Religion, Race, Culture

  • Culture, Race, Religion, 2016

Gallup International Association opinion poll in 66 countries across the globe

October – December 2016

Religious, Cultural and Racial Superiority

The majority of the people and the majority of 66 nations surveyed by Gallup International Association believe that there is no religious, cultural or racial superiority. Nevertheless, in significant number of countries the public opinion on that issue is divided. In 10 countries, there is a majority which believes that there is religious, cultural and racial superiority altogether.
The key purpose of the survey question is not measure racism on its own, neither the filings of cultural and religious superiority. The main interest is to reflect on the internal national balances. It is evident that all those countries which feel stable and not threatened show low levels of religious, cultural or racial superiority. And vice versa.
The main factors which stimulate massively spread feelings of superiority in those three fields most probably are:

  • sharp internal conflicts and problems
  • sharp external instability and expectation of outside intervention
  • deep transformation of the society leading to mass feelings of insecurity

Kancho Stoychev, President of Gallup International Association:

“Overall the global tolerance towards racial, religious and cultural differences is a dominating norm. Exceptions from this norm are occurring in countries, nations or regions with serious internal or external conflicts. The countries in which we register a seriously split public opinion on the issues (divided countries), this is most probably an indicator of deep transformational processes in their societies going on.”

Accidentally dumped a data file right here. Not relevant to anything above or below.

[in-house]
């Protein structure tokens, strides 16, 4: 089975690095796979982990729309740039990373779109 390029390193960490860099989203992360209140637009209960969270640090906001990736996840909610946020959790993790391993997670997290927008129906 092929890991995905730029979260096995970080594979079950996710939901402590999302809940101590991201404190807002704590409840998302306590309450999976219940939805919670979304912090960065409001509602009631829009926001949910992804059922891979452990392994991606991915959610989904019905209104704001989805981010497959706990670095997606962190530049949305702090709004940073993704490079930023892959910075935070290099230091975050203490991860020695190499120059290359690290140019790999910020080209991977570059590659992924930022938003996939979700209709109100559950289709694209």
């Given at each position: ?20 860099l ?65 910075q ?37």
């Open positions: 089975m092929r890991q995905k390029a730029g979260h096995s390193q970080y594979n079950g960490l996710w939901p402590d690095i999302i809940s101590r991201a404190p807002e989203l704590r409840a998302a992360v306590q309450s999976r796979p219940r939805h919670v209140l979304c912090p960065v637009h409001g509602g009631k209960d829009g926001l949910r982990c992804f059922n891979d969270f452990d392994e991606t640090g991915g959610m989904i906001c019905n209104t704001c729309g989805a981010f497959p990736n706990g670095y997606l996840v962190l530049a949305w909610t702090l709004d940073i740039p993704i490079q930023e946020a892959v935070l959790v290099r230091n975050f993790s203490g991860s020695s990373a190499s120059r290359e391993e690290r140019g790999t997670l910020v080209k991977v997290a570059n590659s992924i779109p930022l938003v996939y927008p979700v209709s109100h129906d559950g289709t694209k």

The End of Year Survey is an annual tradition initiated by and designed under the chairmanship of Dr. George Gallup in 1977. It is conducted every year since then. This year it was carried out by the Gallup International Association in 69 countries around the world.

A total of 66541 people were interviewed globally. In each country a representative sample of around 1000 men and women was interviewed either face to face (25 countries; n=29211), via telephone (13 countries; n=10754), online (25 countries; n=23947) or through mixed methods (3 countries; n=2629). The field work was conducted during October – December 2016. The margin of error for the survey is between +/-3-5% at 95% confidence level.